A Learning Object is defined as a self-contained modular resource that can be used and re-used to assist learning activities.
Learning objects are modular resources that are re-usable, sharable, discoverable, and adaptable to different contexts. It also contains ‘metadata’ which provides accessibility to information in time and availability easily. Metadata means literally ‘data about data’ and is explanatory information about any resource. It stores all information about a source like a card catalog in a library.
Then, what are the features of learning object?
- L.O. are reusable: which means they can be used again and again for different applications in different contexts. This characteristic is the pillar of learning object.
- L.O. are accessible: easily from everywhere, they can be used by many users at the same time (are generally uderstood to be digital entities), they can meet wide audience’s specific needs.
- L.O. are discoverable: is made possible by the learning object metadata. Furthermore, metadata for learning objects (such as Title, Author, Version, Format, etc.) makes it probable for people and computers to find objects easily by searching, as opposed to browsing the entire digital library one object at a time until they find a satisfying one.
- L.O. are adaptable: they can be modified to meet different user requirements. Thus, instead of creating from scratch, with a few adaptations objects can be useful for different necessities. Thanks to this feature, they are created just once, but used several times in different contexts, compensating for the high cost of production.
In order for widespread reuse to be possible, interoperability issues are extremely important, and a somewhat negected kind of interoperability is interoperability between learning objects. Examples include content objects from different original creations working together when assembled into a learning object and learning objects being able to work properly when moved among systems using different specifications.
L.O. are associated with “granularity”. The notion granularity has to do with the size of learning object how big or small will be. They are small educational pieces that can be integrated for special aims. As being small size, objects can be changed with a few alterations. The more learning object becomes smaller, the more productivity and efficiency, flexibility of it increase. To put in simple terms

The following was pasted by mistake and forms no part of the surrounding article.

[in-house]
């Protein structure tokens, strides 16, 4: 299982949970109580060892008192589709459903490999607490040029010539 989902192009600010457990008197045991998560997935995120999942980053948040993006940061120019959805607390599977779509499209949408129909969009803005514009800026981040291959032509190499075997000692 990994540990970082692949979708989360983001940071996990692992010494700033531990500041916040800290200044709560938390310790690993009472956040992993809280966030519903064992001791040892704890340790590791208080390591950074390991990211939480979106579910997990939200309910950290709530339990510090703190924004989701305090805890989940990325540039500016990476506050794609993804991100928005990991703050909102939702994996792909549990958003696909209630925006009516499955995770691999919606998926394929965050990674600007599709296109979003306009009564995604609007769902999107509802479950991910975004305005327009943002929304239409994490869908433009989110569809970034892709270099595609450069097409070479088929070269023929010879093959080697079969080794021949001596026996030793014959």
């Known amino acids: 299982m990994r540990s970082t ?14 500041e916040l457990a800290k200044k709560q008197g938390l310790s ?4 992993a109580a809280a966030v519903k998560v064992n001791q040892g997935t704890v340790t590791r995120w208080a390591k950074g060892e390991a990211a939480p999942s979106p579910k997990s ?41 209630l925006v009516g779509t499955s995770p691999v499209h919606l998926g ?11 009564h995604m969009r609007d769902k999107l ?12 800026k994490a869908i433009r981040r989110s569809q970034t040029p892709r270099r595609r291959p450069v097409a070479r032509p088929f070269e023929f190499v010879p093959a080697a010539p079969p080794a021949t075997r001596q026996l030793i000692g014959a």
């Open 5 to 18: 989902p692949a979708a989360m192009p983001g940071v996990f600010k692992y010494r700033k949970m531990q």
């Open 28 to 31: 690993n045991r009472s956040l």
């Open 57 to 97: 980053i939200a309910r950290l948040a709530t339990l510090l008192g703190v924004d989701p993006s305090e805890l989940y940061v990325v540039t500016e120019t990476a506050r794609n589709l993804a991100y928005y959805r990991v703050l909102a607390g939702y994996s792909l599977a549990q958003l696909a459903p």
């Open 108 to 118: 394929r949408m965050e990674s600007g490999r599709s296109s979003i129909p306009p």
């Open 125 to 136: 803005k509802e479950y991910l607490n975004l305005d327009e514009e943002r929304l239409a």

L.O. are Customizable and Modular. L.O. can work in different learning objects and be changeable according to person’s own learning needs. To put it in simple terms, LEGO metaphor can be used to explain what basically learning objects are. Like LEGOs, learning objects have small pieces of instruction (Topics) that can be assembled (Units) into some larger instructional structure (Books) and reused in other instructional structures (Course). They can be assembled into any shape, size, and function.
To put it in more theoratically, learning objects are self-contained units of instructions designed to help the learners to improve their target proficiency. This object-based principle is based upon the idea that a course or lesson can be built from reusable instructional components that can be built separately but modified to the user’s needs
Also the terms ‘learning patterns’, ‘learning objects’, ‘resources’ and ‘components’ represent a loose hierarchy of reusable elements that together form a learning solution.
The size of an LO is highly variable, it will depend on the domain of application and the competencies set out in the educational program. However, it is recommended that you focus on a single educational goal or develop a single concept.
When for didactic reasons we have to group in a topic two or more learning objects (There is / are in the same topic) each of the O.A. u educational objectives will be called micro learning object.
But from our point of view, an O.A. It has to be a content that solves a doubt or question from a student.